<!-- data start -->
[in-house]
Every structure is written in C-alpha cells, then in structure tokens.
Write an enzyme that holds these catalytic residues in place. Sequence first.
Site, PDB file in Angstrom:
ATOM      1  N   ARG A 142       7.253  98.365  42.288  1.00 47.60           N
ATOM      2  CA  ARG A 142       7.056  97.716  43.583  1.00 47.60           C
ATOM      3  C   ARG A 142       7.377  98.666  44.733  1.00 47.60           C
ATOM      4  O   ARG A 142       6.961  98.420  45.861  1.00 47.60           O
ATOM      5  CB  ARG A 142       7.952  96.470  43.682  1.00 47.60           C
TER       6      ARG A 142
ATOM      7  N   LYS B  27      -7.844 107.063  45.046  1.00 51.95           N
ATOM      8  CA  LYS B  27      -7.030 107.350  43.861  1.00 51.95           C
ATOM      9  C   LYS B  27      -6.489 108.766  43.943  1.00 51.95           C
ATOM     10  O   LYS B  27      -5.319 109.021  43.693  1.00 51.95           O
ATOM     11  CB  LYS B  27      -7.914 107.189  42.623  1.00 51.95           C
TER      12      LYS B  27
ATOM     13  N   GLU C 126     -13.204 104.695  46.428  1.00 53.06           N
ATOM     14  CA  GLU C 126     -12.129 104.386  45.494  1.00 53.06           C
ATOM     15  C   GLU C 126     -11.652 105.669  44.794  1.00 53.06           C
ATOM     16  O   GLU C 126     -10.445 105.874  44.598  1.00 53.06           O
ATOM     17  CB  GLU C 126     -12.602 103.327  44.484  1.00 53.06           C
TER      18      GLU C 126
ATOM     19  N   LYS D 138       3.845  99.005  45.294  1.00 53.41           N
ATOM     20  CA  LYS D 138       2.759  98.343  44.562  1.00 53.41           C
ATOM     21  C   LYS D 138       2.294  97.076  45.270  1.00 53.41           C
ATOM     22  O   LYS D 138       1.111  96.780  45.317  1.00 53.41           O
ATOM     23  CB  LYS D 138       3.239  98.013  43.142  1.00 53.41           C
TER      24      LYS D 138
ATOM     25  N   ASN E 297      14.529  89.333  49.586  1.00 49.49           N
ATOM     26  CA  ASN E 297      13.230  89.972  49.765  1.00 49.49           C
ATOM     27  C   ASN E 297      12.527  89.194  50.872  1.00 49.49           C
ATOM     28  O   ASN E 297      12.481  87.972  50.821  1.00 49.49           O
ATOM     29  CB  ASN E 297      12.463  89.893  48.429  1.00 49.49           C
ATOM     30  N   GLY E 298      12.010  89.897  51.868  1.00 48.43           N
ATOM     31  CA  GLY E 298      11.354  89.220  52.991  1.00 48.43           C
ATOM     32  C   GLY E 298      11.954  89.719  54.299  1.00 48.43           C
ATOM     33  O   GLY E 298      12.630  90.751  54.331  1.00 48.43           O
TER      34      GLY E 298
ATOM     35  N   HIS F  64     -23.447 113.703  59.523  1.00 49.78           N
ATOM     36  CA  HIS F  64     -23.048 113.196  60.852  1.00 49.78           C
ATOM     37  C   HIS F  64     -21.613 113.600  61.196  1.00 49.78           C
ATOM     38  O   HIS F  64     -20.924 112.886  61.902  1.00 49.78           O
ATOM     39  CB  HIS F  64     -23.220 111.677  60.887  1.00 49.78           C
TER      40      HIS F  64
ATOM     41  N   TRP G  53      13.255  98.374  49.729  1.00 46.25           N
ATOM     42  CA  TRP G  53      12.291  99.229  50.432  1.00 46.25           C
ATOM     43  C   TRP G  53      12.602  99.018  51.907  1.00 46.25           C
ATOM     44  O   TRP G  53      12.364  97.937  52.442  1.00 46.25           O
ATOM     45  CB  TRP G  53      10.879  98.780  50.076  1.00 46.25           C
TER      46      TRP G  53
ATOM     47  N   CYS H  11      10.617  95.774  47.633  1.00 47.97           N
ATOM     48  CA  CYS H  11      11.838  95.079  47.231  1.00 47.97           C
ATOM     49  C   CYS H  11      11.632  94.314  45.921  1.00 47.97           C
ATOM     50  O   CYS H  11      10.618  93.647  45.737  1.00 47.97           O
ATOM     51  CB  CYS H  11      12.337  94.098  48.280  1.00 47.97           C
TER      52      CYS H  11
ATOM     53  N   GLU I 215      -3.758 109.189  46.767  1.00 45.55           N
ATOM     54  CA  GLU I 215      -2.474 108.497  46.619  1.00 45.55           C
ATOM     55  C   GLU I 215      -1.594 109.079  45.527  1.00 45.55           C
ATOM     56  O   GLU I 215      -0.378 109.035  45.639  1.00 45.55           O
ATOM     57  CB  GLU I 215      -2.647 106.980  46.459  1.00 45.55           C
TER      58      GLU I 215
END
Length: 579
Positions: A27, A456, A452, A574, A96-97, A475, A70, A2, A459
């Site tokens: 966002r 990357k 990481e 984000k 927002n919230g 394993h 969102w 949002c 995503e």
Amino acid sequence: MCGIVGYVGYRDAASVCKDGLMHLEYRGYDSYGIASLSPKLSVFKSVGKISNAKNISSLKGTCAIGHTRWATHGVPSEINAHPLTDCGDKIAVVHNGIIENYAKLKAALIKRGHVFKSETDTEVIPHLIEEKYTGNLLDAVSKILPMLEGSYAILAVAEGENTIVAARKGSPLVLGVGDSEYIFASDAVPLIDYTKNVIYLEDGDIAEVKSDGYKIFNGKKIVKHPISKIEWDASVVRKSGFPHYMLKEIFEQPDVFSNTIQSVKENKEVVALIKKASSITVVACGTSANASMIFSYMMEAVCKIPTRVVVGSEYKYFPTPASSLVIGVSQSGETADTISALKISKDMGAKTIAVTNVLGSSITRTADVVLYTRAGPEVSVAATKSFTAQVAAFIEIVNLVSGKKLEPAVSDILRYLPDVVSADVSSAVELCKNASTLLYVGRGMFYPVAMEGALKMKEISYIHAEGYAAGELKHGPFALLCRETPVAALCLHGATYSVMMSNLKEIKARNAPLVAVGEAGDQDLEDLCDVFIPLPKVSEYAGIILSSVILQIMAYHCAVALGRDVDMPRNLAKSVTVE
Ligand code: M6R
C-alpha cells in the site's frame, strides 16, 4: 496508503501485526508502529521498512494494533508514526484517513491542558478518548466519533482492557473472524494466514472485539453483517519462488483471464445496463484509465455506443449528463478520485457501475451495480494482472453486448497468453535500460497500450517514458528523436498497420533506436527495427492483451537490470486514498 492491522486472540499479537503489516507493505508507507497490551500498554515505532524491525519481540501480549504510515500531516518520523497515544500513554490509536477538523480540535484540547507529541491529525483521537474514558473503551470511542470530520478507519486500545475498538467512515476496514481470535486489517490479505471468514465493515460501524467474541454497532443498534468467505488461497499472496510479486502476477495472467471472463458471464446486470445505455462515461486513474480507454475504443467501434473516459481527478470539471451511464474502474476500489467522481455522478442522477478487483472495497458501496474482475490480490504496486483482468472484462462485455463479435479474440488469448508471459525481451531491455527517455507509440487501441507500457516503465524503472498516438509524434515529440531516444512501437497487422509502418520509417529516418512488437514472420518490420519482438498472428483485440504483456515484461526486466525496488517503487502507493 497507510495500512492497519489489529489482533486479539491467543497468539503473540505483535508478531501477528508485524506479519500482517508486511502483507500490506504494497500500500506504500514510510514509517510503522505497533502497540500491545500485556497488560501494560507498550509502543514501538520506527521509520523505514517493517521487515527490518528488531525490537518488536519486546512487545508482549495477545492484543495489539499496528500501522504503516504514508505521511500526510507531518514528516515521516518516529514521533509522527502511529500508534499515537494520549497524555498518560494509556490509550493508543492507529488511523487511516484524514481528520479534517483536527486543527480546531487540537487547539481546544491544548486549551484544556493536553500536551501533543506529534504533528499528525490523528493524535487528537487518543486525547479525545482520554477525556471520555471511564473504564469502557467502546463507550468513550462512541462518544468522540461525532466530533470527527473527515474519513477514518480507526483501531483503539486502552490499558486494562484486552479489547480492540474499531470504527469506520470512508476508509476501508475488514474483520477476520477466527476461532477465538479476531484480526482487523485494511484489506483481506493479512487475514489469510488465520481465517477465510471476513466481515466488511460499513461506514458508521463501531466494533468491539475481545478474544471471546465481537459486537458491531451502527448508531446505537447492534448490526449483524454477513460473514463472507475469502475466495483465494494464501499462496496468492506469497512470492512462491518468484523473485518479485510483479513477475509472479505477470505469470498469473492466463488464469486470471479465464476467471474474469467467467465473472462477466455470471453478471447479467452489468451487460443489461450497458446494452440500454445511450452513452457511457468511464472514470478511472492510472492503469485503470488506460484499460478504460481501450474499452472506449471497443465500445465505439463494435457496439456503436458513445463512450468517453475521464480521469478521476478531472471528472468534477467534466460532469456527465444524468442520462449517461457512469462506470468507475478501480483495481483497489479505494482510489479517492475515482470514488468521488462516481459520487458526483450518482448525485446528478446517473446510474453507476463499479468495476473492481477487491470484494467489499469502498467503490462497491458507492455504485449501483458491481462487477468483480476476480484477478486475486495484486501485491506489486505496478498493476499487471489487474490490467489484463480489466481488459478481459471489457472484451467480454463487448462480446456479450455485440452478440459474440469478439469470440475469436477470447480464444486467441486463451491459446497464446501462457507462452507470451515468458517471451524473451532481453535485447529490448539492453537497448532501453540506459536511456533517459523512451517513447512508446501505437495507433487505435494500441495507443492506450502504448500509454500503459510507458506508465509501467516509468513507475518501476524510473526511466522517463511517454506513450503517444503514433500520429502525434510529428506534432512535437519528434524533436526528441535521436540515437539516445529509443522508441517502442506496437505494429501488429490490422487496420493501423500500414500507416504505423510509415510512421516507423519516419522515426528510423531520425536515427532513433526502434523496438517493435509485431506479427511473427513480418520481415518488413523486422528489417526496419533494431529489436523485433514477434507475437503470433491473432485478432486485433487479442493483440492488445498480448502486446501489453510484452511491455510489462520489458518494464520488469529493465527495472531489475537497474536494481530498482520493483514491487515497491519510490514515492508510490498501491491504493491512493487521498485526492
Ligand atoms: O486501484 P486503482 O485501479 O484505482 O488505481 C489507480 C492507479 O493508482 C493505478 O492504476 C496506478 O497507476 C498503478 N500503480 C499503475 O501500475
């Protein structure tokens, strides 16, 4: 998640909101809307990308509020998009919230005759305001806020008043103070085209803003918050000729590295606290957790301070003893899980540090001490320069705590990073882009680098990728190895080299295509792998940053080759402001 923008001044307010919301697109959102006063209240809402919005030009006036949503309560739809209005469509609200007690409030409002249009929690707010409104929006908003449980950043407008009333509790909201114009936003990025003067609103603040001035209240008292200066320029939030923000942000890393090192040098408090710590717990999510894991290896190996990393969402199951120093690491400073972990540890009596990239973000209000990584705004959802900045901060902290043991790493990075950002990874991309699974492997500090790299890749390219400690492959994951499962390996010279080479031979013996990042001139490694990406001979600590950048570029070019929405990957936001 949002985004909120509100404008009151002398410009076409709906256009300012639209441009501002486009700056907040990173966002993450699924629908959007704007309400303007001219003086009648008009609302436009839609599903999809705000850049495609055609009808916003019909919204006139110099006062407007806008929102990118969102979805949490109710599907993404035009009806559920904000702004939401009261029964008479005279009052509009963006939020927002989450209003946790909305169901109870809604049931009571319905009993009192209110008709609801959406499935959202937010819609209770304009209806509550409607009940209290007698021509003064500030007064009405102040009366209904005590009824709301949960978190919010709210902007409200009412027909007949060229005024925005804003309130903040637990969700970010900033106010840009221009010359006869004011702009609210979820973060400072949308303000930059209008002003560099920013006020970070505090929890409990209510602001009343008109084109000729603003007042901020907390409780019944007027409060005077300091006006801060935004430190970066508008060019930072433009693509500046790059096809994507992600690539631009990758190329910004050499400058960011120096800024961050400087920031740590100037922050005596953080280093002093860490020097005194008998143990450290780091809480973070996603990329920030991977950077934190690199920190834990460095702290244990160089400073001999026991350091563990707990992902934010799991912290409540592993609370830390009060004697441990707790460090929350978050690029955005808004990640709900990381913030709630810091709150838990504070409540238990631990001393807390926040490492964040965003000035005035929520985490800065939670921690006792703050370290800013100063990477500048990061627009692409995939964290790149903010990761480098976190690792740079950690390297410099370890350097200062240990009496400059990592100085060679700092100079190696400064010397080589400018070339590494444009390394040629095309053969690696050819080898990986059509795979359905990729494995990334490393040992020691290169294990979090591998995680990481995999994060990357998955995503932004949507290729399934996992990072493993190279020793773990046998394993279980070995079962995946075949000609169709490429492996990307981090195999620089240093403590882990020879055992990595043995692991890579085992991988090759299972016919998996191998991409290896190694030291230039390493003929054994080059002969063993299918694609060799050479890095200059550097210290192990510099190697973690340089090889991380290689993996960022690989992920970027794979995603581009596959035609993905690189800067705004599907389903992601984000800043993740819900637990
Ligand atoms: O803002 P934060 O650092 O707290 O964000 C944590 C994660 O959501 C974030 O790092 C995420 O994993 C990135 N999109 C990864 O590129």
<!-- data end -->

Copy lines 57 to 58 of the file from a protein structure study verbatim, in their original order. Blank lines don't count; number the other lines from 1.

ATOM     53  N   GLU I 215      -3.758 109.189  46.767  1.00 45.55           N
ATOM     54  CA  GLU I 215      -2.474 108.497  46.619  1.00 45.55           C